• Consumers Credit Union offers up to 4.59% APY on up to a $20k balance, although 3.09% APY on a $10k balance might be easier to achieve unless you satisfy a long list of requirements. Note that the 4.59% APY requires you to apply and get approved for an additional credit card through them (other credit cards offer $500+ in sign-up bonuses). Keep your 12 debit purchases small as well, as for every $500 in monthly purchases you may be losing out on 2% cashback (or $10 a month on after-tax benefit). Find a local rewards checking account at DepositAccounts.

Certificates of deposit
If you have a large cushion, it’s quite likely to just sit there for years. One option is to keep your money in longer-term investments where you can still take it out in a true emergency and pay a reasonable early withdrawal penalty. Alternatively, you could create a CD ladder of different maturity lengths such that you have access to part of the ladder each year, but your blended interest rate is higher than a savings account.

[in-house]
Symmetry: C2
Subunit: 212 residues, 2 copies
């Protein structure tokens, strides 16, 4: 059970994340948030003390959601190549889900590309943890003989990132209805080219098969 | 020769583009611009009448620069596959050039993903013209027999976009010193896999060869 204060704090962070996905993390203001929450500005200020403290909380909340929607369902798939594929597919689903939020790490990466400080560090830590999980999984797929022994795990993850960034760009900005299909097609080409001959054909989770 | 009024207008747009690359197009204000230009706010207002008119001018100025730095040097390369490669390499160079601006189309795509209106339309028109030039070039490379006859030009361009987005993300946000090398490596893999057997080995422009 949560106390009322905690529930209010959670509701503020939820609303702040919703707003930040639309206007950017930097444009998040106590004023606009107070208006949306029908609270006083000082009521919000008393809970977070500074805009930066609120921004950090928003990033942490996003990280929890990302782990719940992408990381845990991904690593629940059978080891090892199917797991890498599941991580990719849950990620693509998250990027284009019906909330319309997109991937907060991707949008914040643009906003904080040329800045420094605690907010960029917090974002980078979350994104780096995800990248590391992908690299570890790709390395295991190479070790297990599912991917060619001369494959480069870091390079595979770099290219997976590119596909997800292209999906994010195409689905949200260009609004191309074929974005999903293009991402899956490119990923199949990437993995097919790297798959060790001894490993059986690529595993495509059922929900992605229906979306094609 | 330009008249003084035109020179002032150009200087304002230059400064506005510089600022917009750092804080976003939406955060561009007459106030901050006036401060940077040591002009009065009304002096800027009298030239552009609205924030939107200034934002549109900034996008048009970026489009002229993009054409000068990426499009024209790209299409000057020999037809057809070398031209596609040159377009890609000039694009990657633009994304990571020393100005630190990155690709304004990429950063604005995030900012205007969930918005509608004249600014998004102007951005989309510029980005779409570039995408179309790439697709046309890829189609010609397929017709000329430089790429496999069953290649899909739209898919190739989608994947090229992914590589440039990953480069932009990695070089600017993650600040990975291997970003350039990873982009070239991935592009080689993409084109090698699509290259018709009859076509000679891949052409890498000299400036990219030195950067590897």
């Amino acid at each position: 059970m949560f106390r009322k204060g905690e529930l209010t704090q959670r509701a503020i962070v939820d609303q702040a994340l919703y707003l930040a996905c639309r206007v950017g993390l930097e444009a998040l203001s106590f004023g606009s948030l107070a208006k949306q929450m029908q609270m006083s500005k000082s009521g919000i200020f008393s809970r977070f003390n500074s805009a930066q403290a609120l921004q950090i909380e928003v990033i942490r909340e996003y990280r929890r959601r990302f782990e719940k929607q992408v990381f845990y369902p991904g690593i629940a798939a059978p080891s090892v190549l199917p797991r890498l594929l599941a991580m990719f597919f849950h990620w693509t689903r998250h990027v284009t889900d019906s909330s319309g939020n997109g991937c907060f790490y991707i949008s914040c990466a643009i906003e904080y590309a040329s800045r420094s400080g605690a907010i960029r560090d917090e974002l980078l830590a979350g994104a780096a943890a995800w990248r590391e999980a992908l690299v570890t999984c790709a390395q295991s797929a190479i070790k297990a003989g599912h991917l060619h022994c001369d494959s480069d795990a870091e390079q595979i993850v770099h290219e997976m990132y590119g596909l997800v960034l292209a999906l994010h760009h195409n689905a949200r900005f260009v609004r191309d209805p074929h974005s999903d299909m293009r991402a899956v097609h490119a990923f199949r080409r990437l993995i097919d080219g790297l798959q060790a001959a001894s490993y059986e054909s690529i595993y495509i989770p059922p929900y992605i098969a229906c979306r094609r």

• Connexus Credit Union is offering a 1-year Share Certificate at 1.50% APY (90-day early withdrawal penalty) and a 3-year Share Certificate (180-day early withdrawal penalty) at 2.00% APY. Both have a $5,000 minimum deposit. Anyone can join this credit union via partner organization Connexus Association for a one-time $5 fee.
  • Hanscom Federal Credit Union is offering a 4-year Share Certificate at 2.50% APY (180-day early withdrawal penalty) if you also have Premier Checking (no monthly fee if you keep $6,000 in total balances or $2,000 in checking). HFCU also offer a 3% APY CU Thrive “starter” savings account. HFCU membership is open to active/retired military or anyone who makes a one-time $35 donation to the Nashua River Watershed Association.

Longer-term Instruments
I’d use these with caution, but I still track them to see the rest of the current yield curve.